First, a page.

Air quality varies from day to day and year to year, influenced by both local and large-scale weather patterns. In August 2010, the skies in many parts of the world were marked by yellow-brown light filtering down through acrid, smoky air, or by gray-white haze blurring the horizon. Some of the large-scale weather patterns that dominated in August are reflected in the top map, which shows aerosols as measured by the Moderate Resolution Imaging Spectroradiometer (MODIS) on NASA’s Terra satellite.
Aerosols are tiny solid and liquid particles in the atmosphere, and MODIS measures them by gauging how they reflect and absorb light, a quantity called aerosol optical depth. When aerosols are dense, they block light from the surface and the aerosol optical depth is high (shown in brown). When there are few aerosols in the atmosphere, light reaches the ground easily, so aerosol optical depth is low (shown in yellow). MODIS does not measure aerosols over very bright surfaces like deserts, ice, or clouds. These areas are gray.
Aerosols enter the atmosphere in a variety of ways, many of which are influenced by weather. Fires send up sooty smoke; wind kicks up dust and sand; and high temperatures cook the chemical soup emitted from tailpipes and industrial processes into a thick haze. High winds, drought, and heat waves can intensify fires, dust storms, and the formation of chemical aerosols.
Some of the highest aerosol concentrations in August 2010 occurred over Russia and South America. In Russia, drought and high temperatures baked plants and soils, making them prone to fire. When widespread fires broke out, they swathed the country in thick smoke. Drought also settled over the Amazon basin in South America, such that fires set to clear trees and brush quickly raged out of control. (See Fires in South America.) The smoke moved north along the Andes Mountains and covered much of South America.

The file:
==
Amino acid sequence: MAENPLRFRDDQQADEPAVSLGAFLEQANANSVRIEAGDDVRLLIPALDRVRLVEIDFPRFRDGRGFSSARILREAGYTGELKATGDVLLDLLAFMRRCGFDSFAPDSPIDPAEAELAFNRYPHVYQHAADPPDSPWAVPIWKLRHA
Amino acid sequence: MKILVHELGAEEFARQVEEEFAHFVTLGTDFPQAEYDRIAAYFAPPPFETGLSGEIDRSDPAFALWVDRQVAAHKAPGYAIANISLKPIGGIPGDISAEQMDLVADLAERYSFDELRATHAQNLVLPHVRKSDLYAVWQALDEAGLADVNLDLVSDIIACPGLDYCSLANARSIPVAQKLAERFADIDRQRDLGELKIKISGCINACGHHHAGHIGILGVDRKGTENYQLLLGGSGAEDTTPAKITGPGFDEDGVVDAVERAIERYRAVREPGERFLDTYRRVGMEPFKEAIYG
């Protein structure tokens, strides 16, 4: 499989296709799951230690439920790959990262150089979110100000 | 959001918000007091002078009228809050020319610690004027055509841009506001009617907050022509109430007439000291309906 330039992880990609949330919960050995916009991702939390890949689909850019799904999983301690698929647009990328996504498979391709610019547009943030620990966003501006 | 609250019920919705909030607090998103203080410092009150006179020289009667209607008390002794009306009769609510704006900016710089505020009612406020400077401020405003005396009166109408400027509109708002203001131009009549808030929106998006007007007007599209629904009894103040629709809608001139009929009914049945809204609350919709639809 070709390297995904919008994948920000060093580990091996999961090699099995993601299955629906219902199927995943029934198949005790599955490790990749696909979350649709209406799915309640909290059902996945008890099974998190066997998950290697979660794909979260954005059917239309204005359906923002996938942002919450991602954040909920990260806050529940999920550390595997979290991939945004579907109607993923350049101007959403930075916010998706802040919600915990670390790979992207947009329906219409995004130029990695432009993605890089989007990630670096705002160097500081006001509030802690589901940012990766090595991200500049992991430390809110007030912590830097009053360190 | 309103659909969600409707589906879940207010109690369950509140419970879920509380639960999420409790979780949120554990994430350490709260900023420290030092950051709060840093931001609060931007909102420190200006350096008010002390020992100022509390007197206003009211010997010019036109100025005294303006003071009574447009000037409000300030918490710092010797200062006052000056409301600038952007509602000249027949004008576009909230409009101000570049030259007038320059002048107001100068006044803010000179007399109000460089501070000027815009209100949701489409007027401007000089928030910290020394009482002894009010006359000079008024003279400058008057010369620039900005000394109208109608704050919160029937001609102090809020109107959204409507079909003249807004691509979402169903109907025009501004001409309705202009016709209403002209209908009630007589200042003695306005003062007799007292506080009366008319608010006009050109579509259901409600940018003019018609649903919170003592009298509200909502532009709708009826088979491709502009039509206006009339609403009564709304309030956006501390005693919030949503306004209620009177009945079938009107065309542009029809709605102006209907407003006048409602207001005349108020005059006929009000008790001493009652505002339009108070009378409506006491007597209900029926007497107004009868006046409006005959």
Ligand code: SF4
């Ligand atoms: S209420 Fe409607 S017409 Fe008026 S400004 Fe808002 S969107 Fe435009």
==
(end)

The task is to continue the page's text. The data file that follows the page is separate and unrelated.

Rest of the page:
The third area affected by drought was western Canada. While a number of wildfires burned in the drought-dried boreal forest, the smoke aerosols were not as dense as in South America or Russia.
Central Africa is also covered with thick aerosols. The lower image, from August 2009, shows that aerosols routinely gather over central Africa during August, when farmers use fire to clear land for crops and pasture.
The high concentrations of aerosols over northern Africa, the Arabian peninsula, and southwest Asia come from dust. Aerosols in China, Europe, and the United States are haze, largely from industry and automobiles.
Just as aerosol concentrations are influenced by the weather, they in turn can affect weather patterns. Depending on their shape and size, aerosols can either help clouds form or prevent them from forming. Aerosols also reflect or filter light, reducing the intensity of sunlight in a region and making temperatures cooler. They can also block light, absorb energy, and heat the atmosphere.
NASA Earth Observatory image by Kevin Ward, based on data provided by the NASA Earth Observations (NEO) Project. Caption by Holli Riebeek.